All four types of Mount Engadine Lodge accommodation are available both summer and winter. The elevated glamping tents have gas fireplaces, making them super cosy even in the coldest temperatures.
Every room at Mount Engadine is a little bit different, with varying size, furnishings and views on offer.
Our studio cabin (named after nearby Birdwood Mountain) had a wonderfully snug window seat overlooking the nearby peaks. Outside, we enjoyed a shared deck with panoramas of the meadow below, backdropped by mountains.
None of the rooms at Mount Engadine Lodge have televisions or phone signal and most are out of wi-fi range. This makes it easier to switch off and fully immerse yourself in the wilderness location.
Being disconnected from the world can be very soothing and definitely one of the reasons why I escape to the backcountry so often.
Click here to book a stay at Mount Engadine Lodge on Booking.com
Mount Engadine Lodge is a member of the Charming Inns of Alberta, a collection of 12 uniquely located and styled properties. Check out the other independently owned and operated resorts and B&Bs for some future travel inspo!
If you like the look of Mount Engadine, you may also like the Overlander Mountain Lodge which sits just outside Jasper National Park.
Kananaskis Valley hikes from Mount Engadine Lodge
The Kananaskis Valley is my new favourite place to go hiking in Canada. This area is truly spectacular and surprisingly quiet considering the proximity to both Calgary and Banff.
There are epic panoramas to rival neighbouring Banff National Park yet none of the crowds, fees and theme park vibe to go along with it.
Weekends are certainly busier but there’s still more than enough trails to go around in the Mount Engadine Lodge area.
Mount Engadine Lodge provides an ideal base to discover a range of Kananaskis Valley hikes. The lodge is so well placed, in fact, that there are trailheads reachable within a couple of minutes walk.
My top picks for Kananaski Valley hikes, all accessible within 8km of Mount Engadine Lodge, are:
- Tent Ridge
- Rummel Lake
- Burstall Pass
- Watridge Lake
- Karst Spring
- High Rockies Trail
Read on for more information about each Kananaskis Valley hike and check out the map below for trailhead locations.
Not sure you have the skills to hike interpedently in the Kananaskis Valley? Consider a guided hike with a small group.
Only have time for one big hike while staying at Mount Engadine? Consider a trip up Tent Ridge, the rocky monolith that sits directly opposite the lodge.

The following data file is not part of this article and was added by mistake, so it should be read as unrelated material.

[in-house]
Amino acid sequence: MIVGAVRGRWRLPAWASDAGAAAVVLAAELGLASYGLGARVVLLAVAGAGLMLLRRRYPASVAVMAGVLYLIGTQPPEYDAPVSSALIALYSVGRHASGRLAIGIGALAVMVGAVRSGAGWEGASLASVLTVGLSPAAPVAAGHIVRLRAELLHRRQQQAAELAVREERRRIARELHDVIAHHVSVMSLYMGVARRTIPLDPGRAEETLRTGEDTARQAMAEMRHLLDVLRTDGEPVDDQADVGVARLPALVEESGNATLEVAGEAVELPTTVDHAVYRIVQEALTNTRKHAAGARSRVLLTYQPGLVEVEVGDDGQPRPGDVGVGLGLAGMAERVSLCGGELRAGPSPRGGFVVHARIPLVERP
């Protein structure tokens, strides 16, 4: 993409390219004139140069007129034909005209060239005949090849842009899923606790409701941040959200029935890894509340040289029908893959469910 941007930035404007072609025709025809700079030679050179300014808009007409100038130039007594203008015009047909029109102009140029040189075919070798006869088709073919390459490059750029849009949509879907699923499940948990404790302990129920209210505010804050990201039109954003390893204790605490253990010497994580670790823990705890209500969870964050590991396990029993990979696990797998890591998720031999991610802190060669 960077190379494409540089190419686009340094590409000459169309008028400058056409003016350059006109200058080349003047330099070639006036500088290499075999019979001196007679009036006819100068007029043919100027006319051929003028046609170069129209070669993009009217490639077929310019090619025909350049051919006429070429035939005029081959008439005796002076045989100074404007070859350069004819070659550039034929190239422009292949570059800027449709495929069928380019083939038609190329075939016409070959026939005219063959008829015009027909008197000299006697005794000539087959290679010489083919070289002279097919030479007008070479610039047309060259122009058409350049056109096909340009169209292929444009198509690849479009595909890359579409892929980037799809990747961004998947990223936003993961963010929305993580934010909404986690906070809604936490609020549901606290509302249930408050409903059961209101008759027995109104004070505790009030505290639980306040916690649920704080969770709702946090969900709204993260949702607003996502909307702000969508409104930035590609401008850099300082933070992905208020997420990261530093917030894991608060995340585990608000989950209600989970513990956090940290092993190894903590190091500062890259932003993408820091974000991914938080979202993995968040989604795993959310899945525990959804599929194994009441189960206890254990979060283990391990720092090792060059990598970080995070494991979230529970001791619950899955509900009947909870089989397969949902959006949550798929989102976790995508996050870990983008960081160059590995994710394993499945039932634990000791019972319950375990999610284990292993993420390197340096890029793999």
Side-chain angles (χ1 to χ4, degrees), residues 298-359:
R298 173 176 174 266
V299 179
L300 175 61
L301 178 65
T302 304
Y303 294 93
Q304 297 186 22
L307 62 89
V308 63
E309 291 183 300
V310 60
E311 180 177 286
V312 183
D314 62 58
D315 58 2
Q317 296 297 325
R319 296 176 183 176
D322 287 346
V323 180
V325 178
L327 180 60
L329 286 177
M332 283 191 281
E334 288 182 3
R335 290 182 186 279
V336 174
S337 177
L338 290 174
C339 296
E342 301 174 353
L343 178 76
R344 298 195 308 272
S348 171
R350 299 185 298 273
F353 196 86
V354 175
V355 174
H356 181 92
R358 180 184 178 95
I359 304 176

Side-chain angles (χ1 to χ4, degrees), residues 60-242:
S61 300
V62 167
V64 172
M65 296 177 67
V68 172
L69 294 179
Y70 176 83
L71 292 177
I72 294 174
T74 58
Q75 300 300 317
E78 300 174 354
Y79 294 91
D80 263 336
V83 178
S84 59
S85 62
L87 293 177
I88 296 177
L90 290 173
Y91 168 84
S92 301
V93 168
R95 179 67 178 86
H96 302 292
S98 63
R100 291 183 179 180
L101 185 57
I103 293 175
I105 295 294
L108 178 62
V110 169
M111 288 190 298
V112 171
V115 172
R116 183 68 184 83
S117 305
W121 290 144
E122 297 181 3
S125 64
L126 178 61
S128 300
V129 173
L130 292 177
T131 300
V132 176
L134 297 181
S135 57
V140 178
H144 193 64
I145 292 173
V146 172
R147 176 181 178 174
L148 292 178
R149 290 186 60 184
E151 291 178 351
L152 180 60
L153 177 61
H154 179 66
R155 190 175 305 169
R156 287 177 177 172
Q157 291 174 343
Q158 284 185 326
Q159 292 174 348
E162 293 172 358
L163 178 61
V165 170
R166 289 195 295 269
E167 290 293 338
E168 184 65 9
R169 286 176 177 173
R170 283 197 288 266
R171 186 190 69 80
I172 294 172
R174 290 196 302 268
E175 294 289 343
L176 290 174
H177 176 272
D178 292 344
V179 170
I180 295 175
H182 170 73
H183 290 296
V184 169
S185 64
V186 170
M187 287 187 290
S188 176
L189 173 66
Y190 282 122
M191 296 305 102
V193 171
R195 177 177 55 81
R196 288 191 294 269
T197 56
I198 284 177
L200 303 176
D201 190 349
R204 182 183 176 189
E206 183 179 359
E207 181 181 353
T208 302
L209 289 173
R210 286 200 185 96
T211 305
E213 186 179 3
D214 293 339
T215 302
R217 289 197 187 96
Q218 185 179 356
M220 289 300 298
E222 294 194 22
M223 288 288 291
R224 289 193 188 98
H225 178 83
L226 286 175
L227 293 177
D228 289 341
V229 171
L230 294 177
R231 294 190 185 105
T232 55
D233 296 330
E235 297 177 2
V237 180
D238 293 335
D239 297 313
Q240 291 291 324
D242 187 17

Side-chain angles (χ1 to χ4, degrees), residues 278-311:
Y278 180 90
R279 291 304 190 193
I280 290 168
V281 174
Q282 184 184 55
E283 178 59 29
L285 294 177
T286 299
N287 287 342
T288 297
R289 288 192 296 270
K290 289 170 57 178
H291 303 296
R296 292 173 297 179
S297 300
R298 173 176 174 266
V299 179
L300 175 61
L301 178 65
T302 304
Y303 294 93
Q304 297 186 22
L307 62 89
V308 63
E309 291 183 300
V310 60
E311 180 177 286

The Tent Ridge hike offers spectacular 360 degree panoramas of the Kananaskis range and lakes, but it does require caution.
This is not a hike for everyone (especially those with a fear of heights) and attempting it shouldn’t be taken lightly. The views from the top are simply breathtaking but ascending Tent Ridge involves some substantial scrambling.
The journey along the ridge is exceptionally exposed to the elements, with steep drop offs, no shade and substantial elevation. This is not a place you want to experience hail, rain or a thunderstorm. Appropriate footwear and clothing is so important.
Tent Ridge is probably the most challenging day hike I’ve ever done, but it is was also the most rewarding.
Plan to hike clockwise, bring a couple of warm layers (the ridge part of the hike is usually very windy) and hiking poles for an easier descent. There is lots of scree on the way down.
Trail distance: 10km loop (5-6 hours)
For a trail a little closer to the ground (and Mount Engadine Lodge), make a beeline for the Rummel Lake hike. The trailhead is just across the road from the lodge turnoff.
The route quickly gains some elevation as it rushes to meet the High Rockies Trail (see below). There are some views to enjoy here before returning to the undulating path in the forest.
Near to the lake, the path splits in two to form a hiker path and a cross country one. The former stays close to the creek and passes a couple of cascading waterfalls.
The cross country route is wider and flatter, yet not as interesting. Both arrive on the eastern shore of the lake.
Though turquoise Rummel Lake is a perfectly satisfying destination, it is definitely worth the time to continue on up to Rummel Pass. The distance is short (an extra kilometre or so) and the payoff is fantastic.
Follow along the north shore of the lake and the trail eventually heads away and up from the water. It isn’t long before the route pulls out of the trees, revealing a wide pass lined with mountain peaks.
Trail distance: 10km return + optional extra 2km (4 hours)
Burstall Pass, in our opinion, is the trail with the best reward to effort ratio in the Mount Engadine Lodge area. It has little technical difficulty but plenty of gorgeous vistas. The uphill sections are reasonably short and suitable for most hikers.
Burstall Pass has three parts. Base your destination on available time and energy, though completing the full hike is preferable. The first section of the Burstall Pass hike features a wide trail in the forest.
Around the 3km mark, the forest opens to a wide creek area, surrounded by mountains. The creeks here are fairly fast flowing and some careful footwork is needed to stay dry and on the right path (look for the red markers).
From here, the Burstall Pass trail starts to ascend gradually, eventually reaching a meadow. If you time it right, the wildflowers here are fabulous. Beyond the meadow, there is another climb to the pass.
The Burstall Pass area is wonderful to explore; if you go far enough (and the weather is behaving), the trail crosses into Banff National Park and a view of iconic Mount Assiniboine appears.